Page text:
No more. Now we Americans are going to have to learn self-reliance…not selfish individualism but networked, self-organizing self-reliance, security achieved by cooperating for the common good. Do we want equality? Start by treating each other decently. Do we want clean air to breathe? Start by using less energy. Do we want protection from self-serving corporate greed? Demand that the legal concept of eminent domain, which is being used to allow pipeline corporations to rampage across America, be redefined truly to function for the PUBLIC, not private, good. Do we want government that protects our liberty? Educate ourselves about the meaning of liberty: read Madison on the meaning of democracy, learn what our state district attorneys are doing, and vote for district attorneys and judges who stand up for human rights. Do we want responsive Congressmen? Demand and vote for candidates supporting such reforms as recall—the legal right of the population to fire a bad politician. And always, always demand transparency by our elected officials. Why should Big Oil be permitted to force citizens to sell their land to make space for a pipeline? Why are these decisions made in backrooms? If it is arguably in the national interest, then politicians should be bragging about it…and providing time for citizens to participate in the decision-making process.

Cities addicted to Federal handouts will have to figure out ways to take care of themselves, and we certainly do not want Detroit (or Cochibamba) to be the model. Admit that the neo-liberal policy of protecting the wealth of the rich first that has been favored by both conservative parties over most of the last 50 years is the source of our current mess. Recognize that Trump is absolutely correct in asserting that America needs a better model. America needs a socio-economic vision better than either neo-liberalism or Federal care and feeding. Trump may not have the answer, but he has identified the failure of past leadership. Now it is up to us, on the ground, in our neighborhoods, to transcend the outdated debates so useful to the old, self-serving two-party structure and come up with an answer for the good of the whole society.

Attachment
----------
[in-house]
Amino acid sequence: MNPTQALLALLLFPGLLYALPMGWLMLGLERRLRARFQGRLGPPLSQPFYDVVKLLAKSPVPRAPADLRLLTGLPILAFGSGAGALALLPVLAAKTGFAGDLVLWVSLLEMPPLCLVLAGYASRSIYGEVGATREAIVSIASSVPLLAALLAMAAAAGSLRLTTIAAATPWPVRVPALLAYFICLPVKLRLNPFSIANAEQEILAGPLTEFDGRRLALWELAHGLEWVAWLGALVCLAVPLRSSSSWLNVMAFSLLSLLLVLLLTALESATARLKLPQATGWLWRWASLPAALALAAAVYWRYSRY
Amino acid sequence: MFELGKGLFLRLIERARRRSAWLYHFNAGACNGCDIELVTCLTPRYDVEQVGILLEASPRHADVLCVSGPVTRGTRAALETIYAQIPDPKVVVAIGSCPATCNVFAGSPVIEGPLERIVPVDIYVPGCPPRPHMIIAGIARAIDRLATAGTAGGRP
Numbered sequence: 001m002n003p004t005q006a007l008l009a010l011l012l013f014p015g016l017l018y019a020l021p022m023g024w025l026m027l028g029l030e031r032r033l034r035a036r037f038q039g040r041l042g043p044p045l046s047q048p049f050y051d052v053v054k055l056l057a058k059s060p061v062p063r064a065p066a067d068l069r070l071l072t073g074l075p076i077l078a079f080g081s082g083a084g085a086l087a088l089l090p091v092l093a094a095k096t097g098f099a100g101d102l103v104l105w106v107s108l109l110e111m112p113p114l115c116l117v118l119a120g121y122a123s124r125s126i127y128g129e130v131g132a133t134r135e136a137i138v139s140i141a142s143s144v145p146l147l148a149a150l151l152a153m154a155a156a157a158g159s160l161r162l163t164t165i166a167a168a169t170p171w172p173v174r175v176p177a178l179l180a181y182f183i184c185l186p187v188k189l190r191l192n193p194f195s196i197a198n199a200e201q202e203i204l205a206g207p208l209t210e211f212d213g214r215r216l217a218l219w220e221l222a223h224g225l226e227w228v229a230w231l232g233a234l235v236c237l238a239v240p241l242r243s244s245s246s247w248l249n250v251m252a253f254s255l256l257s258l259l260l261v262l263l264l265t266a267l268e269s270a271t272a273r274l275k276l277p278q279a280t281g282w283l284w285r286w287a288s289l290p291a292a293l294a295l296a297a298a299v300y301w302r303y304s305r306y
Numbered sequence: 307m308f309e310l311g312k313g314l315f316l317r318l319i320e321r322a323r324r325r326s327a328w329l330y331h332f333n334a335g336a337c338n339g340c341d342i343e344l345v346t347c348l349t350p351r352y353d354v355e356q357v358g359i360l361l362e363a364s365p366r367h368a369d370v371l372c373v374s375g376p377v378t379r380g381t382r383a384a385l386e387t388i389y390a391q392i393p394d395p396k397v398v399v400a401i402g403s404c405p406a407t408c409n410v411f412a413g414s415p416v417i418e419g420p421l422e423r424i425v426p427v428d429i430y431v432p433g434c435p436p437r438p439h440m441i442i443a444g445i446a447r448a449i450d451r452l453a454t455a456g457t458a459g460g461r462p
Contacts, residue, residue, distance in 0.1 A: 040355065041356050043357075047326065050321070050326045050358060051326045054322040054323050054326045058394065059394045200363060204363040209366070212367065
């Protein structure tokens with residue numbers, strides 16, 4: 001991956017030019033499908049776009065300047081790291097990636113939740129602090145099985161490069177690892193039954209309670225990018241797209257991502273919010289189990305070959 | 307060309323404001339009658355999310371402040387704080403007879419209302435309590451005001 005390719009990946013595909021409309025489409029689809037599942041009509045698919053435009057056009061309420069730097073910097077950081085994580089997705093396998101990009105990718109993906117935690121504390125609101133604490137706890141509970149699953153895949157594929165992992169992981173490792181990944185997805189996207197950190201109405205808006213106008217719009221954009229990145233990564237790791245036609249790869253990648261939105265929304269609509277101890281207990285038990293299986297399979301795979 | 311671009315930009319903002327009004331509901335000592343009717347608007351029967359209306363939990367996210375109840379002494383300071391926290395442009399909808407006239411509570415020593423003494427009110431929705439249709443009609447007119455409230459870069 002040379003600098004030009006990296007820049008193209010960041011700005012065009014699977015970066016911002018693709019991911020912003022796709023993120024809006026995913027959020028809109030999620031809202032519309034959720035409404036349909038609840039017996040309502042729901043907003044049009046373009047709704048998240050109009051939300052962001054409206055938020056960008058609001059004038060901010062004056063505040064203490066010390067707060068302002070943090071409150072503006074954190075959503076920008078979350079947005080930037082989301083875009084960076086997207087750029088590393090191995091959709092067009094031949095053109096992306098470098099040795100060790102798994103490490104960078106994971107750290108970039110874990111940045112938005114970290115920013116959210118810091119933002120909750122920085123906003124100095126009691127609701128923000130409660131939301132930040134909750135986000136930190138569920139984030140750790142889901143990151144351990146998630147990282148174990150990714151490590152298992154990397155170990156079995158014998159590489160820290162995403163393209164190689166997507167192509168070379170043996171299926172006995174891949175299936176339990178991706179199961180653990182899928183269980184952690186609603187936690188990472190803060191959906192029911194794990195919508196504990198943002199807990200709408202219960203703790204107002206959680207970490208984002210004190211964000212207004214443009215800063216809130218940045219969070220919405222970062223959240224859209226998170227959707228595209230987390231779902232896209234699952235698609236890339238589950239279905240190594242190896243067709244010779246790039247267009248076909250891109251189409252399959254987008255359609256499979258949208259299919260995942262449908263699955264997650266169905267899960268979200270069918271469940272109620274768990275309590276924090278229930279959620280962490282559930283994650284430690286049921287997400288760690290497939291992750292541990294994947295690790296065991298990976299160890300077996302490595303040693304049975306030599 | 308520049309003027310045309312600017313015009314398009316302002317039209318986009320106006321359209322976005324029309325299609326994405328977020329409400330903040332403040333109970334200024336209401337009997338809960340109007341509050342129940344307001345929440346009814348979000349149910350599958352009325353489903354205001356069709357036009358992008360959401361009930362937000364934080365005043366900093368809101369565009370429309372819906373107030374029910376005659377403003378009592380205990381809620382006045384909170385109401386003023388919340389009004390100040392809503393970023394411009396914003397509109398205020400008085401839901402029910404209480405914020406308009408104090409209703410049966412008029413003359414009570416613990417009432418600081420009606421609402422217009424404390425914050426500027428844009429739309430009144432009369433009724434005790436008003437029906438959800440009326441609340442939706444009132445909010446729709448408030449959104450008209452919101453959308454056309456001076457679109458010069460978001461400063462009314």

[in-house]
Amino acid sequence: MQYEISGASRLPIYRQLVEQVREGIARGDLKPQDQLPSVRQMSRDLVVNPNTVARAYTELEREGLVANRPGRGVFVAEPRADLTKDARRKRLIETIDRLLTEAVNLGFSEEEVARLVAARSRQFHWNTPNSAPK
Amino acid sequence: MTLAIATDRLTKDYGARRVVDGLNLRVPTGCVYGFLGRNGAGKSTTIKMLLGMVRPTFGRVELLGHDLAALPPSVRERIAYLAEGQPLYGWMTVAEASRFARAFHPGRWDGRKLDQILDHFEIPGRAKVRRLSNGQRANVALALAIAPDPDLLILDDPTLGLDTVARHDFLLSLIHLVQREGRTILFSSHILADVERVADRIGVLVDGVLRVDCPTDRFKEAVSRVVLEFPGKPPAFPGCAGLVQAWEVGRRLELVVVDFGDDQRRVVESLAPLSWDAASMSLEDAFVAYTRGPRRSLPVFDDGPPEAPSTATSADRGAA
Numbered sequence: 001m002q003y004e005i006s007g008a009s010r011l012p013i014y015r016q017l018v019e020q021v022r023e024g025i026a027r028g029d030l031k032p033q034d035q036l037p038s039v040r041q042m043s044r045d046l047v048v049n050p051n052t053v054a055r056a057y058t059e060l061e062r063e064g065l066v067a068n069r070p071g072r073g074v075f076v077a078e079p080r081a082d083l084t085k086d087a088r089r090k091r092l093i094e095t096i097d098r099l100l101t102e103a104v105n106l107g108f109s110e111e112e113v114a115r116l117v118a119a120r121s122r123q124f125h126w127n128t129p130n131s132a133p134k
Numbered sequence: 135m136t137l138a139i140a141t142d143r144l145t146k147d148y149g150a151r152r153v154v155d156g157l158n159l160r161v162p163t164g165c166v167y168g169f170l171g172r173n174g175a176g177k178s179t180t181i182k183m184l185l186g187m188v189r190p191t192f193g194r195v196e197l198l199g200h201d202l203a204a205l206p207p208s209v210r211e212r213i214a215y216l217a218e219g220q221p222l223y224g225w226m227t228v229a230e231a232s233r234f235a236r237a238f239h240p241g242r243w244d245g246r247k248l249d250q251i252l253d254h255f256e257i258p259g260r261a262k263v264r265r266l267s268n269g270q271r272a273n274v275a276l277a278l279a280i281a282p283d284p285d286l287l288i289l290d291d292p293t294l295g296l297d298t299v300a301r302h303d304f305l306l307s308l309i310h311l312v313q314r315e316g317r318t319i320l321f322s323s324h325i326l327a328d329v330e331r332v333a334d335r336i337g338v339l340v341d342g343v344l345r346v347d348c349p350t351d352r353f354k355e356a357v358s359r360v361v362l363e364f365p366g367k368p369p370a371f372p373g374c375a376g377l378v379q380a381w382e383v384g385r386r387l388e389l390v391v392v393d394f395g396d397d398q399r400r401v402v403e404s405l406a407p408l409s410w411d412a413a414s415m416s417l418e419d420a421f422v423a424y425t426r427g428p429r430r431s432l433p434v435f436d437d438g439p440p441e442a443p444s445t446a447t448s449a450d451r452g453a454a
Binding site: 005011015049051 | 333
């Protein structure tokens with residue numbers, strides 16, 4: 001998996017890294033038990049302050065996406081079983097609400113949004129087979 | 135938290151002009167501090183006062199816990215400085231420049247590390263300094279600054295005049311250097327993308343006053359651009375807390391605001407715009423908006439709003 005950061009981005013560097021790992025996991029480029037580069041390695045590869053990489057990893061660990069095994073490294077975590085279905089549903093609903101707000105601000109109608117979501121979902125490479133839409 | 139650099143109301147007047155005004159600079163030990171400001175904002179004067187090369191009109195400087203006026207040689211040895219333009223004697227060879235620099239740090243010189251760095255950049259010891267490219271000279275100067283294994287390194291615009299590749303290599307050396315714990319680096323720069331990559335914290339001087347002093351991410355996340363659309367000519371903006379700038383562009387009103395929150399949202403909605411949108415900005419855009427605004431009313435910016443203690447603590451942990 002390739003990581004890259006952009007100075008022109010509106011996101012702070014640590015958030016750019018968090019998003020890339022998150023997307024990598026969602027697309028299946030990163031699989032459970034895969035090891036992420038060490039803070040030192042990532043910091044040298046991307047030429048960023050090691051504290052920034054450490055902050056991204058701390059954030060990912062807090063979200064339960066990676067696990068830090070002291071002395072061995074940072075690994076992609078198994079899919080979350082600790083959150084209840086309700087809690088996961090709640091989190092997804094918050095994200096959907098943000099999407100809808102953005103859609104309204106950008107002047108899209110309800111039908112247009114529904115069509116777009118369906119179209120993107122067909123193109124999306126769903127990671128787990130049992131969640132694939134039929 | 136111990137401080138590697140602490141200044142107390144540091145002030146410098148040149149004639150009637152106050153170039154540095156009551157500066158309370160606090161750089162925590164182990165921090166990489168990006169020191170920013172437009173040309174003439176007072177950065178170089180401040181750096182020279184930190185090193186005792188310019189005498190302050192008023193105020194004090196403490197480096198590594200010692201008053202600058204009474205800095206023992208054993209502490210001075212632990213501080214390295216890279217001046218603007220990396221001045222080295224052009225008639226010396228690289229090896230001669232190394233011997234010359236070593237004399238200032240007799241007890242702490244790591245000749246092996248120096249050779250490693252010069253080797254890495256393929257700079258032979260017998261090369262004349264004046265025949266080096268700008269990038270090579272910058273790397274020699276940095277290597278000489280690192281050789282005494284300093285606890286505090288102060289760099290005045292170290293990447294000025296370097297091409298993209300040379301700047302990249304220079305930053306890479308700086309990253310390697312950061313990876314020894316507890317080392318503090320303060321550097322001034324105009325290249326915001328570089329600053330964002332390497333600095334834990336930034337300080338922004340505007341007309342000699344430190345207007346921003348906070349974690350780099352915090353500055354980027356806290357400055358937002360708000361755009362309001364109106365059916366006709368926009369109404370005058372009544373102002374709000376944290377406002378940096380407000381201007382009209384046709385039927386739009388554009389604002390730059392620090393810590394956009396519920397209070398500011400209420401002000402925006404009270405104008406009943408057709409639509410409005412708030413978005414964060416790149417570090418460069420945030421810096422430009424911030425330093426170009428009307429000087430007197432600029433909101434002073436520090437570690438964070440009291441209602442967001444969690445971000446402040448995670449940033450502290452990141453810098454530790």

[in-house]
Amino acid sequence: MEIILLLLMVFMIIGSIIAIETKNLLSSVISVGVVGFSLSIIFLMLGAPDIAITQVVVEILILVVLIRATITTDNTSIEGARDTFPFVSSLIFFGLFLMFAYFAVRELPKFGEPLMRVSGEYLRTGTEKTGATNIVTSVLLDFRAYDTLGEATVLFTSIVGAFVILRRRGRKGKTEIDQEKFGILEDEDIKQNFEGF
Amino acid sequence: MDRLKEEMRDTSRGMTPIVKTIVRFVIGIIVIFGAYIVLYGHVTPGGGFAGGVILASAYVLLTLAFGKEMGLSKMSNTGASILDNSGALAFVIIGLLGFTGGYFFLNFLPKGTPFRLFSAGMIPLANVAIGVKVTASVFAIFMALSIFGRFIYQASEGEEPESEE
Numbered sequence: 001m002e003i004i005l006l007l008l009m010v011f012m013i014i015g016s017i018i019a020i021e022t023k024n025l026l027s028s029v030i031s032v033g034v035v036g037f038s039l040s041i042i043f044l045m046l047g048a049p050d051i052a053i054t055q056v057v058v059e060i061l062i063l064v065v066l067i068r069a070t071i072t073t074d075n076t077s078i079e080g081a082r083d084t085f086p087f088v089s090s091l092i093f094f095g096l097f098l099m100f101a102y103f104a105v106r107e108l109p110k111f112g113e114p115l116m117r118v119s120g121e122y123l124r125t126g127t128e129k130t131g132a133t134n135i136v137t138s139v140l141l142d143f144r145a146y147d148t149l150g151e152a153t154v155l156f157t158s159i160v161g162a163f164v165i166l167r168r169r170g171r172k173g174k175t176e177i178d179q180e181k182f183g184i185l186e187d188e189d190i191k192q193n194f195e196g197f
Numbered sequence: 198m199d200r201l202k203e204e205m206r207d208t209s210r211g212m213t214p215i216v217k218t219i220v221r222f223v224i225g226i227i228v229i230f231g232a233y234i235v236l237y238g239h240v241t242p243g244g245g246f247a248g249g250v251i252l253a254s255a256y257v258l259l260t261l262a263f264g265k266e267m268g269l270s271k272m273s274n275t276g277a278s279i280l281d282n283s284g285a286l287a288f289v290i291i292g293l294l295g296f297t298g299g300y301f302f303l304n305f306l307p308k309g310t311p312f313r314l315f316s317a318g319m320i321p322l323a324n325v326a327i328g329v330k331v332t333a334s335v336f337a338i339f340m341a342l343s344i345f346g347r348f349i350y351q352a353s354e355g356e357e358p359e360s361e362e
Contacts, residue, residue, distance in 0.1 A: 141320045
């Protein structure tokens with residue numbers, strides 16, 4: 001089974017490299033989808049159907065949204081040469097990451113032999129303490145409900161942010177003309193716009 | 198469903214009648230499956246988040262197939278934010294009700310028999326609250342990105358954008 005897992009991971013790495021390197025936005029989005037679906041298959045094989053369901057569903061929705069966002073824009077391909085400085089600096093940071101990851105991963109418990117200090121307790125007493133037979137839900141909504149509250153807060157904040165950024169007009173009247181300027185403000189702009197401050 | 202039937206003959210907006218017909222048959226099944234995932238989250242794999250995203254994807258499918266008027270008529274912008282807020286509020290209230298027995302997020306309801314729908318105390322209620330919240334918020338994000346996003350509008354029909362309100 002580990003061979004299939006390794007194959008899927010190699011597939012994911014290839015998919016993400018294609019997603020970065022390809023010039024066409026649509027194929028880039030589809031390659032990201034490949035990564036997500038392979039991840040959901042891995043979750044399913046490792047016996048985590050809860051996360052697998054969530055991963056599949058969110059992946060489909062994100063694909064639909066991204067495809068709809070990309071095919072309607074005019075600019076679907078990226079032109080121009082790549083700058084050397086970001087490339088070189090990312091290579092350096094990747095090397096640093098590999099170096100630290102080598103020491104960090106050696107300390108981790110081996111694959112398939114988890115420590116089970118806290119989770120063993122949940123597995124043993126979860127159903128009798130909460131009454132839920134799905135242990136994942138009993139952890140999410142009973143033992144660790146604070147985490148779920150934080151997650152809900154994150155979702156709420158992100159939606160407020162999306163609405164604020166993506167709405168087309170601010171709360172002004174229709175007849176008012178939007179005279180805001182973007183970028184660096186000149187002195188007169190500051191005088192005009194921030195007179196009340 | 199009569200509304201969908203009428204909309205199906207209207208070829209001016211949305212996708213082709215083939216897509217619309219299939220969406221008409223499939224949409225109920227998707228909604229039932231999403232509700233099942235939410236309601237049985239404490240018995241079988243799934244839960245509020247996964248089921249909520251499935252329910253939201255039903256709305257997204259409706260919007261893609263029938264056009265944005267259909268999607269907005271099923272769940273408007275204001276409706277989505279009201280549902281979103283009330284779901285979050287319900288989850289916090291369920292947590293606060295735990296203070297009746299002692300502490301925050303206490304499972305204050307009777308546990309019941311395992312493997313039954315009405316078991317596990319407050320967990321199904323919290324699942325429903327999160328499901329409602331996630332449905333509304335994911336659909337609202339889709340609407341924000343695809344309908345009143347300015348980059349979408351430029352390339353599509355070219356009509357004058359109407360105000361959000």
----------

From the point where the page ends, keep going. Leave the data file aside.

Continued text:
Earth Day got it right, but we Americans, we oh so very comfortable Americans, did not commit ourselves. The Occupy Movement got it right, but again mainstream Americans turned their backs. The anti-Vietnam War movement showed us all a thing or two, but anti-war thinking was nowhere to be found at the beginning of the 21st century. Teachers, police, and firemen in Wisconsin demonstrating in frigid cold came very close to taking back their state. Bernie’s attempt to transform the old Democratic Party into a new party of the future only missed by a hair. Then came the Women’s March: a breathtaking sign that now, at last, Americans are waking up.

So, maybe this turning point in the official attitude of the Federal Government is a good thing. Get over reliance on Washington; start relying on each other. Take charge. Stop thinking “Me first.” Stop asking for welfare. Stop expecting Big Government to help you. Big Government we will certainly continue to have…in fact, bigger than you ever dreamed in your worst nightmare, but it will not be the Nanny State; it will be the Corporate State. The U.S.A. is the richest society in history: we do not have to find scapegoats for our own failures or beat down our neighbors so we can stand up; the pie is big enough to give everyone a piece, and together we can make the pie bigger. We—me and the funny-looking guy next door—can talk to each other, give a little, listen a little, and find a positive-sum outcome. We, the citizens, can do this.

Do You Want Big Government or Not?

Big Government or Little Government? Which do you want? The U.S. just suffered through a sickeningly superficial, propagandistic electoral campaign flooded with hypocrisy. In the event, the Red States–i.e., the states favoring small government–won. Now, on Trump’s first day in office, disaster hits one of those red states, and guess what? Suddenly, those folks have apparently changed their minds and are begging for Washington’s help.

Tornadoes have struck red state Georgia, and Georgians suddenly have become champions of Big Government. Fine. Emergency assistance to our neighbors in need is exactly why we have this Union. I willingly share my taxes with the hard-hit folks of Georgia. But in return, let’s knock off all this superficial anti-Government trash talk.

Yes, we can all agree that in a perfect world, everyone would be independent and rich and generous and healthy and equal and happy all the time. But should a tornado strike, should a child be born to poor parents, should that child happen to have a skin color the majority does not have, should a crooked bank steal the home of hard-working parents who cannot pay their mortgage because the bank caused a recession, should extremists march in the streets carrying guns,  then we should have Big Government standing at our backs to offer assistance.

So take my tax dollars in your moment of need, my fellow Americans who live in Georgia, but in return, the next time we vote, I will expect you to support politicians who care for the people and who design a Big Government capable of providing aid, protecting the environment, inspecting drugs and food, building a world-class educational system, preventing sexual and racial discrimination, punishing financial criminals and violent racists, and defending equal opportunity for all.